Bobby Joseph, country director, India and Middle East, Plantronics, has shared technology and Consumers trends in 2013.
As we move further into the digital age, we are starting to both fear and resent technology. We will pull a higher value on all things that feel essentially human and question (while not entirely resisting) technology’s siren call. With social norms changing fast and a new anything-goes attitude becomes common, people are mashing up cherished traditions with decidedly new ideas, creating their own recipes for what feels right. Businesses are changing, re-thinking their strategies to suit this new consumer.
Here is a quick look at the year gone by and what’s in store for us in 2014
Enterprise Social Networking – is becoming a core tool for the new social workforce. The key insight for organisations succeeding in building value from this technology is social business processes redesign. When organisations rethink processes, enormous co-creative value is unlocked. In 2013, we reached a tipping point in the global workforce, where the majority of workers became comfortable with social networking, and for most businesses, there is a growing expectation that these tools will be used in the business context.
Furthermore, there are now proven models for driving adoption and achieving value through the deployment of enterprise social networks. Companies that succeed in becoming social organisations will achieve tremendous advantages over their competitors, according to Bobby Joseph, country director, India and Middle East, Plantronics.
Online collaboration – Although the technology has existed for years and a large number of enterprises have already put it into play, many CIOs are now exploring ways to bolster capabilities to match today’s digital workplace. The changing nature of worker behaviour and the need for enhanced communications is resulting in the creation of a series of communication tools and devices that are helping the worker to perform their job efficiently on the go.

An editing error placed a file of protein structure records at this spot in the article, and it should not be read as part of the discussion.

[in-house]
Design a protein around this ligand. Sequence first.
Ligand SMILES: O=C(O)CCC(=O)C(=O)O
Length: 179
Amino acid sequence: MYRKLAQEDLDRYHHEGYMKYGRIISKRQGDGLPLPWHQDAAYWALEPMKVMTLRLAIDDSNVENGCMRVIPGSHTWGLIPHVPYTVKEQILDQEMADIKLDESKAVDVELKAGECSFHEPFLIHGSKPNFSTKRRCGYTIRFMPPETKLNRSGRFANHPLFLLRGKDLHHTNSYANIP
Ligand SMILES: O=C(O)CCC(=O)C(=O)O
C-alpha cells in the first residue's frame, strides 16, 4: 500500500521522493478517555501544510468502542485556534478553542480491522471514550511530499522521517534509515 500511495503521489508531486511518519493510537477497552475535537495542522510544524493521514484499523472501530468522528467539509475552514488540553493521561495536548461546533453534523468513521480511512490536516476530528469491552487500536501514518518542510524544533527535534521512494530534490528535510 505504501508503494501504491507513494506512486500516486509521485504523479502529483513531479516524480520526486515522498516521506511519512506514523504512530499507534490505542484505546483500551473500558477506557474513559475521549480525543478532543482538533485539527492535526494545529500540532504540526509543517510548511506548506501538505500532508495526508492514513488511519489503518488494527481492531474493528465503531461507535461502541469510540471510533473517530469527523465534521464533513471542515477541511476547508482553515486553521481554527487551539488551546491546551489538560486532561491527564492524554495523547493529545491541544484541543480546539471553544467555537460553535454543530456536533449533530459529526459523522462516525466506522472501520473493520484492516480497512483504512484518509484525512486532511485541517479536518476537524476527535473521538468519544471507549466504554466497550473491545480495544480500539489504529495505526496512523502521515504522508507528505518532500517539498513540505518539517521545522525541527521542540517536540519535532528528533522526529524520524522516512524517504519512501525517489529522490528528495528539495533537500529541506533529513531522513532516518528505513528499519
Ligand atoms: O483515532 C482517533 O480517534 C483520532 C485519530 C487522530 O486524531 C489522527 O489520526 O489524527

The increasing internet penetration means that in 2013 there were new populations coming online who looked for newer ways to connect and share amongst themselves. Enterprises also experienced resurgence in connectivity, as employees looked for better ways to create connections and work efficiently with colleagues.
In 2014, Where organizations will see the greatest bang for their buck in UC is communications-enabled business processes (CEBP) – when communication capabilities are embedded in or integrated with enterprise business processes and vertical applications. According to Frost and Sullivan, the Unified Communications market in India is expected to grow at 11.8 percent CAGR from 2010 to 2017.
Bring-Your-Own-Device – 2013 saw mobile devices being increasingly used for business, BYOD (Bring Your Own Device) and CYOD (Choose Your Own Device) became important themes for businesses in developing a mobility strategy.
Whilst the device itself is one part of the equation, 2014 will throw greater challenges in terms of managing apps, how to control which apps should be allowed and disallowed from employees’ devices and having the right security measures in place as part of a wider enterprise mobility strategy. Given the sheer volume of devices and applications being used by employees, security is very critical for every organisation and specialist Mobile Device Management (MDM) vendors and security vendors will play crucial roles.
Unified Communications propelling the growth for the headset market – while the corporate world is just about warming up to the concept of ‘Anytime-anywhere-anyhow’ professional life, we are at the brink to witness the boom in the headset category. 2013 was the year of online collaboration and BYOD became important themes for businesses in developing a mobility strategy, 2014 will drive the growth of headsets in the enterprise market due to an increase in adoption of unified communications (UC) solutions.
In addition, the escalating need for multitasking and interest in enterprise mobility are raising the demand for headsets. As they are constantly evolving, UC-enabled headsets provide a host of benefits greater comfort, the use of hands-free headsets facilitates employee productivity more than that by traditional desktop phones.
Companies are discovering that the return on investment (ROI) of deploying an advanced UC client is superior when complemented with advanced headsets. According to Frost & Sullivan, the headset vendors are confronted with a unique opportunity to double their market by 2017 with the growing interest in UC, enterprise mobility, and multitasking enabling technologies.